Brutal Truth: Our Review of ‘Capernaum’

Posted in Film Festivals, Movies, Theatrical, TIFF '18 by - January 11, 2019
Brutal Truth: Our Review of ‘Capernaum’

Poverty is brutal…

Cinema is not only meant to entertain but to get us engaged and thinking on real world issues.  Capernaum is a brutal yet completely compelling look at the tragic nature of child poverty and a dive into the slums looking at those who can’t even take care of themselves much less anyone in their charge.

Capernaum (or Chaos) tells the story of Zain (Zain al Rafeea), a Lebanese boy who sues his parents for the “crime” of giving him life. We follow Zain, a gutsy streetwise child as he flees his negligent parents, survives through his wits on the streets, takes care of Ethiopian refugee Rahil (Yordanos Shiferaw) and her baby son, Yonas (Boluwatife Treasure Bankole), being jailed for a crime, and finally, seeks justice in a courtroom.

After you sift through the sorrow and the misery there’s an oddly compelling piece of humanistic cinema as Capernaum gives us a hero who has the sense to fight against a system that was never designed to give him a chance.

Winner of the Grand Jury Prize at Cannes last year, co-writer and director Nadine Labaki crafts a hellish Oliver Twist type of story that is hard to not only watch, but ultimately look away from.  Sure it’s heavy-handed and occasionally awkward at times, but there’s also a genuine sense of humor that is interposed in the narrative as we see this ensemble of non professional actors give us something that is unmistakably honest.  Actual actors probably would have juts screwed this up but Labaki allows them to exist in the world where she’s created some genuinely depressing scope and scale.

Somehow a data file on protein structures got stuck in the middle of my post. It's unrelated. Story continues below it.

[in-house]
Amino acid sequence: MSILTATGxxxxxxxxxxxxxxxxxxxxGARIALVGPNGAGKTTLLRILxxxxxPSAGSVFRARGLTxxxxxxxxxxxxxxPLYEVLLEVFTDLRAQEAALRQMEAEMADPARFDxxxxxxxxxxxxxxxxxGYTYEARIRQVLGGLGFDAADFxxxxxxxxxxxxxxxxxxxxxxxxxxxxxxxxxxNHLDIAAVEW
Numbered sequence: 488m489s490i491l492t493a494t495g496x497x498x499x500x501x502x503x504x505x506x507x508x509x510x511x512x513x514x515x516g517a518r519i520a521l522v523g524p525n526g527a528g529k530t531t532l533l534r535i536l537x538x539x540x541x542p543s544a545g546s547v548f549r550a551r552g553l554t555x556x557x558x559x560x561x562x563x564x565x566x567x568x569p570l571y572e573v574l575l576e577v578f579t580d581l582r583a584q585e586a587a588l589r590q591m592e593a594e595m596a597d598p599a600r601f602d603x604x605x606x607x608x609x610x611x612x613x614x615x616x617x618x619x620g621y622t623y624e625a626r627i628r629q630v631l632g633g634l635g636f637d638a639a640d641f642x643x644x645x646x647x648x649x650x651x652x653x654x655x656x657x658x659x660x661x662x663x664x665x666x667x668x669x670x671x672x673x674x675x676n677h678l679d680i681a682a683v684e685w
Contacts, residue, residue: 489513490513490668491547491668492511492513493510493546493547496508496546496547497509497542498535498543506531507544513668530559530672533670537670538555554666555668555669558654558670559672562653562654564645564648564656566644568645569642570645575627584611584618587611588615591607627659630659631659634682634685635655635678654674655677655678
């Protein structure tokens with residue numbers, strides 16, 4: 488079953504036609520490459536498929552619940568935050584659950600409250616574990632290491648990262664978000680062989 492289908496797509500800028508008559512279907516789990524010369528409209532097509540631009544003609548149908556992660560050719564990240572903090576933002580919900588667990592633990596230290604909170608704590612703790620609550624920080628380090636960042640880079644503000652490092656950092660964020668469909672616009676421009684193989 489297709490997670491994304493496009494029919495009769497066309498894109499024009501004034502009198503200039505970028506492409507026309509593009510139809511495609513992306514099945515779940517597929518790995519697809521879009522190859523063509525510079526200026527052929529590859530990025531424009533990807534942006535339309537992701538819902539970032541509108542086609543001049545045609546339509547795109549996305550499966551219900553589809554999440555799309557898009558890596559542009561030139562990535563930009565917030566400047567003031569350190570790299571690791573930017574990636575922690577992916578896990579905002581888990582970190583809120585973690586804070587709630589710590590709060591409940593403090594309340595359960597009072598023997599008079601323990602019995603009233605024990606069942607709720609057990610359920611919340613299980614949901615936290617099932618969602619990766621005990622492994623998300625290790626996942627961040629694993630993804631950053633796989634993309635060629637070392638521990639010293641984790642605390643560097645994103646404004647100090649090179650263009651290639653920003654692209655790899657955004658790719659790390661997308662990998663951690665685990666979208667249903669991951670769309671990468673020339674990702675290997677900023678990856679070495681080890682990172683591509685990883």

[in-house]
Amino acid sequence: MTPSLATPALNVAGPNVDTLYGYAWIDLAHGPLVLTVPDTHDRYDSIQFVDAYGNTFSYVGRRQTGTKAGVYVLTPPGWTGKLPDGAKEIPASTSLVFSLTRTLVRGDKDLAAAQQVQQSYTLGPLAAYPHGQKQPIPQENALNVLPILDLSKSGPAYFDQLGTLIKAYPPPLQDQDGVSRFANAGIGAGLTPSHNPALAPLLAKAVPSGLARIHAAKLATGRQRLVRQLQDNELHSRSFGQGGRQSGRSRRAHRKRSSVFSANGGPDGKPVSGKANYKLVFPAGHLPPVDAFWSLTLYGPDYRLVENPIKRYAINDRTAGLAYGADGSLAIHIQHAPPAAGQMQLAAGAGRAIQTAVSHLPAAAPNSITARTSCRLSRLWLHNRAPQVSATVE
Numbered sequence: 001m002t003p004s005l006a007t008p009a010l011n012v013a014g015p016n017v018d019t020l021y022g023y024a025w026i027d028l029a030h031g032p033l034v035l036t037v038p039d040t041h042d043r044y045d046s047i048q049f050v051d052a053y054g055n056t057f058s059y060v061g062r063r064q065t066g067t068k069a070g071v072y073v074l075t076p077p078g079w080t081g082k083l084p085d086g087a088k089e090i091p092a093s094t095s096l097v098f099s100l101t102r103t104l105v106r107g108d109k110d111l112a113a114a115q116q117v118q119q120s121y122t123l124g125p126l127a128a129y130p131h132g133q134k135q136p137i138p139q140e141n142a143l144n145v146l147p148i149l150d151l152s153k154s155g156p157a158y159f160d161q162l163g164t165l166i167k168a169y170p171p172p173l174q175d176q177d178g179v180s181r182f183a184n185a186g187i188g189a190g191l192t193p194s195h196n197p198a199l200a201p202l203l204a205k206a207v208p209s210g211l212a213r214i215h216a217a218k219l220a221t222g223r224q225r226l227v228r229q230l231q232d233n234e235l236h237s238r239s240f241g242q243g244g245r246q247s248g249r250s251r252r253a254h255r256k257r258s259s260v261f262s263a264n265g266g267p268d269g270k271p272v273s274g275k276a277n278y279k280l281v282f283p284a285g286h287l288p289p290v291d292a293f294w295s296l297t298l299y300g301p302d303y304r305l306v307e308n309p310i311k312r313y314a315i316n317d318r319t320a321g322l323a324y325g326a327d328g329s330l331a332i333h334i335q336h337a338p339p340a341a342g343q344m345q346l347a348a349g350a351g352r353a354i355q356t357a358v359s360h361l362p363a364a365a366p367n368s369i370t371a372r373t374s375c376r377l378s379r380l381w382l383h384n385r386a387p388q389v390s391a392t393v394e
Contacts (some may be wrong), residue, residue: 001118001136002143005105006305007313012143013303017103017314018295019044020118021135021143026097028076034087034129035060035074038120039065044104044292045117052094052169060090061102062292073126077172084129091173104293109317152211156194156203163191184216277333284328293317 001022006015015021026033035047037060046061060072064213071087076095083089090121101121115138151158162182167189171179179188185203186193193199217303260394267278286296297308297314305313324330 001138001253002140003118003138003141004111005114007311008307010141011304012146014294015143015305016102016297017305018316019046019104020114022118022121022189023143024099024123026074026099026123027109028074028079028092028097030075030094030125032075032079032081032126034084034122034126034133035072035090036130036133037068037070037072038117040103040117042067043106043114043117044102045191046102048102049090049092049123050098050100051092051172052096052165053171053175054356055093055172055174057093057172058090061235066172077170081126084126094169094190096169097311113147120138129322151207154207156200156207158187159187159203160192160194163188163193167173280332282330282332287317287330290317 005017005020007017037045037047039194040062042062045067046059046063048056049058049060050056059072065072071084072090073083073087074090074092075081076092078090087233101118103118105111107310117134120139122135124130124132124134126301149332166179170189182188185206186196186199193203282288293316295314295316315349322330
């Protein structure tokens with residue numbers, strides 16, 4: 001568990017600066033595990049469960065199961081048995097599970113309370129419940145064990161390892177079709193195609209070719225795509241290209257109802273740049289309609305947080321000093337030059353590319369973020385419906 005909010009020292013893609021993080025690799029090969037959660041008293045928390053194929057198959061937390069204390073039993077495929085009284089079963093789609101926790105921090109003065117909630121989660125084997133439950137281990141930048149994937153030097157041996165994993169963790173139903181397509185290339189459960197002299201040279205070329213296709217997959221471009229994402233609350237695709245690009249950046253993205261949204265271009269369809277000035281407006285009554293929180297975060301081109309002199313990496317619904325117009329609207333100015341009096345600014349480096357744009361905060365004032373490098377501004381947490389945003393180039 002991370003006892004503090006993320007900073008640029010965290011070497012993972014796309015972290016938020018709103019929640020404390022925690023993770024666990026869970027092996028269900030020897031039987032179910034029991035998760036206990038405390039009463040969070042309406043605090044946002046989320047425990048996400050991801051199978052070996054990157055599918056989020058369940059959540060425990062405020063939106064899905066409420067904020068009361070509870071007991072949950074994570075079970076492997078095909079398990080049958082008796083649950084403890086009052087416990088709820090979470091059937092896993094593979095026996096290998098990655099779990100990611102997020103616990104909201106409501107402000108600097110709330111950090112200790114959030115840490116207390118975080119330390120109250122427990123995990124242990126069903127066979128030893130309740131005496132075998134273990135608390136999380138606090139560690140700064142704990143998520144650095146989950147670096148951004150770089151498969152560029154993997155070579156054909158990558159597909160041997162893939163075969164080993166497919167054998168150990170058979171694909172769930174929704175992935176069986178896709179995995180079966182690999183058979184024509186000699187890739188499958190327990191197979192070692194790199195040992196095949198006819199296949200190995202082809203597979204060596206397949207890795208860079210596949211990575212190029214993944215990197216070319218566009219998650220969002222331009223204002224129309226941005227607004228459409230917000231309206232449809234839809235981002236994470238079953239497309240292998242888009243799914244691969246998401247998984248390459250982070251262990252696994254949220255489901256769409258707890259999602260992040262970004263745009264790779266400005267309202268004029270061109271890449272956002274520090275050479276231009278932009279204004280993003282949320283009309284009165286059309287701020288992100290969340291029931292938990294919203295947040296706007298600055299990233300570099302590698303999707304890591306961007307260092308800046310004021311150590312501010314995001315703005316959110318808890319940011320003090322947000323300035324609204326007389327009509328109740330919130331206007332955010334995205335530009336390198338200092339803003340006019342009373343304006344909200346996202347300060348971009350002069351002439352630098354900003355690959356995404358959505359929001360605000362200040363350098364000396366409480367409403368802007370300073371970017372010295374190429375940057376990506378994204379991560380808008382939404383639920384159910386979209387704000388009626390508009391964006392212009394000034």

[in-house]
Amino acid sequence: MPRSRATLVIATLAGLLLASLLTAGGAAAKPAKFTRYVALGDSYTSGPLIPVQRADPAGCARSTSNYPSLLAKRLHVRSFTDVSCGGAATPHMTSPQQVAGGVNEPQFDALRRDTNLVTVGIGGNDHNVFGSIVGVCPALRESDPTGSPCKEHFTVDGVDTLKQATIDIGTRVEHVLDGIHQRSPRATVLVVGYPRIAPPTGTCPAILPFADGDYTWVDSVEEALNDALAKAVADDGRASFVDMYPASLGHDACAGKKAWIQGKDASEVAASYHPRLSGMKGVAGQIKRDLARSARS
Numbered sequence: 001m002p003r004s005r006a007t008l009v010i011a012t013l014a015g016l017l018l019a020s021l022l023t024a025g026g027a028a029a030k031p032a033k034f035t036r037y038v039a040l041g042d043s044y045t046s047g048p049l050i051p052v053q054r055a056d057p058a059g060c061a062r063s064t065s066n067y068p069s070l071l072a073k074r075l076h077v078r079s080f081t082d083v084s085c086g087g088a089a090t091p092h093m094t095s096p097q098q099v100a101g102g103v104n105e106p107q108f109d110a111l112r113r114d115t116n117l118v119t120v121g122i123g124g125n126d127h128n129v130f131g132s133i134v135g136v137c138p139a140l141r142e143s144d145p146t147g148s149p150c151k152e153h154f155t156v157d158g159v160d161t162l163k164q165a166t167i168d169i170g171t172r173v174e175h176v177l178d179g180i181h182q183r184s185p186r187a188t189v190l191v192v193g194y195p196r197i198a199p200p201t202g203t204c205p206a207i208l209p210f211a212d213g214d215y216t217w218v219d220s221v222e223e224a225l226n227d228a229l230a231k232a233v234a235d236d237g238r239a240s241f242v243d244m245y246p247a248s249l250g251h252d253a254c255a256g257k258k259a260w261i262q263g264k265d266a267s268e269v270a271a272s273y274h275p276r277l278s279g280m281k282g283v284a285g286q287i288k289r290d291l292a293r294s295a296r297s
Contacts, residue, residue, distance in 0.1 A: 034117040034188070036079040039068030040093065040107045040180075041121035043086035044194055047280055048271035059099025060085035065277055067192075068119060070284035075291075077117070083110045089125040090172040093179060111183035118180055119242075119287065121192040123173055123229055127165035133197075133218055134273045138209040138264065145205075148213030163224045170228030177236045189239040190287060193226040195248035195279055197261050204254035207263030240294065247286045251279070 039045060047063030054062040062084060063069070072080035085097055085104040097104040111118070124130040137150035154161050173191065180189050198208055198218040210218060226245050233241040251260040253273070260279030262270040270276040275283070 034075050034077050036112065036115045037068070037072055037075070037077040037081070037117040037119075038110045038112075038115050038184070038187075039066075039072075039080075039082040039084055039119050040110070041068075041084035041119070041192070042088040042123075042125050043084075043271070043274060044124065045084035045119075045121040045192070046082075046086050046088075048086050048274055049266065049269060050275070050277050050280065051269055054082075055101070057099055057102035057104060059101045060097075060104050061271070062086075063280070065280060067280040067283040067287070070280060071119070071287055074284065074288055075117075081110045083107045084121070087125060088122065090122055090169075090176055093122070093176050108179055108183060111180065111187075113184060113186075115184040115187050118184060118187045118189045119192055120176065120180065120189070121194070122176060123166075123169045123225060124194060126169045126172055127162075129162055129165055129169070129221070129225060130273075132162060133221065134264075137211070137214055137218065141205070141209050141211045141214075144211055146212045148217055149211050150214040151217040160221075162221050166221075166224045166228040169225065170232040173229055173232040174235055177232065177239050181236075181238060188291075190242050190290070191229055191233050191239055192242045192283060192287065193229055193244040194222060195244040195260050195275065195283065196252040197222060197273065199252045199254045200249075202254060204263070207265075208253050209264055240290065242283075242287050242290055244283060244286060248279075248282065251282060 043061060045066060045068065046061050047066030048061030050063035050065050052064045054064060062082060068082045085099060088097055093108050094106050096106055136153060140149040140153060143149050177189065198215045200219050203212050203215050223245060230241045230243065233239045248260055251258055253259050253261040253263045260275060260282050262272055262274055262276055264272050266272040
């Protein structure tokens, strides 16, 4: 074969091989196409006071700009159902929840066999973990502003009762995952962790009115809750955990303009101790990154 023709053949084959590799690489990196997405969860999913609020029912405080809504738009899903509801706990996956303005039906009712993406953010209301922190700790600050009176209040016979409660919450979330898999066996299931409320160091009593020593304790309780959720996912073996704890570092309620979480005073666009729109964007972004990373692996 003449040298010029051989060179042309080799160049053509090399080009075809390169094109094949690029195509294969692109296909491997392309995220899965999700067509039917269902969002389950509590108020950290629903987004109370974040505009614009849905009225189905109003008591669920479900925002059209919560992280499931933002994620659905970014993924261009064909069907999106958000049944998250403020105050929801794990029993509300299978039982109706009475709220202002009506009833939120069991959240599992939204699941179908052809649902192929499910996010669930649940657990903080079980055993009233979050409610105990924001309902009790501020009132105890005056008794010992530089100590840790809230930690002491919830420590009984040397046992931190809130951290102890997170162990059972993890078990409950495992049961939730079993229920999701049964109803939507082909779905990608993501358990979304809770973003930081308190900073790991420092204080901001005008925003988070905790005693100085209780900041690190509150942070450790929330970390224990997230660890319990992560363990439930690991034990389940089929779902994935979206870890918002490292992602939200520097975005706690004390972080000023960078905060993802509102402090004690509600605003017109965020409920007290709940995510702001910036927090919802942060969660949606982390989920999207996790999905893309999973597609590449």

This is a situation that is beyond being a mess, but the characters inside of it have to make the best of it and at least strive against a system that deems them disposable.

These kids maybe uneducated…but they’re smarter than that and where the movie stumbles a little bit is that we never get a sense of genuine sense of hope in the proceedings.  Instead it’s sarcasm and frustration; all of which is earned but where similarly themed films like the recent The Florida Project do a better job at presenting a balanced reality, Capernaum for better or for worse kind of clubs us into submission in a world where young kids can walk around homeless and hungry and we just don’t bat an eyelash.

We are forced to accept the genuinely casual neglect and abuse of these kids which is where the power of the film genuinely lies, but it could have easily been a slog if not for a very well written and compelling leading performance.

Zain al Rafeea as Zain was a pure spitfire of a young man.  He’s not just mad at the world, he’s fucking pissed that he got dropped into his life by parents who are simply not equipped to parents but keep sending out kids into the world.  He encapsulates a rage that we can genuinely feel all the while still trying to take care of not only himself but anyone who comes in his circle.  It’s a performance that allows actual humanity to come through, not for any kind of nobility or imposed value system; he just knows that people much less kids don’t deserve to be treated like he is.

Ultimately, Capernaum plays like a very self aware fairy tale that has gone off the rails.  It’s got its clunky moments but manages to succeed because it captures the genuine frustration of a situation that in no way shape or form should come close to even existing in the modern world.

This post was written by
David Voigt is a Toronto based writer with a problem and a passion for the moving image and all things cinema. Having moved from production to the critical side of the aisle for well over 10 years now at outlets like Examiner.com, Criticize This, Dork Shelf (Now That Shelf), to.Night Newspaper he’s been all across his city, the country and the continent in search of all the news and reviews that are fit to print from the world of cinema.
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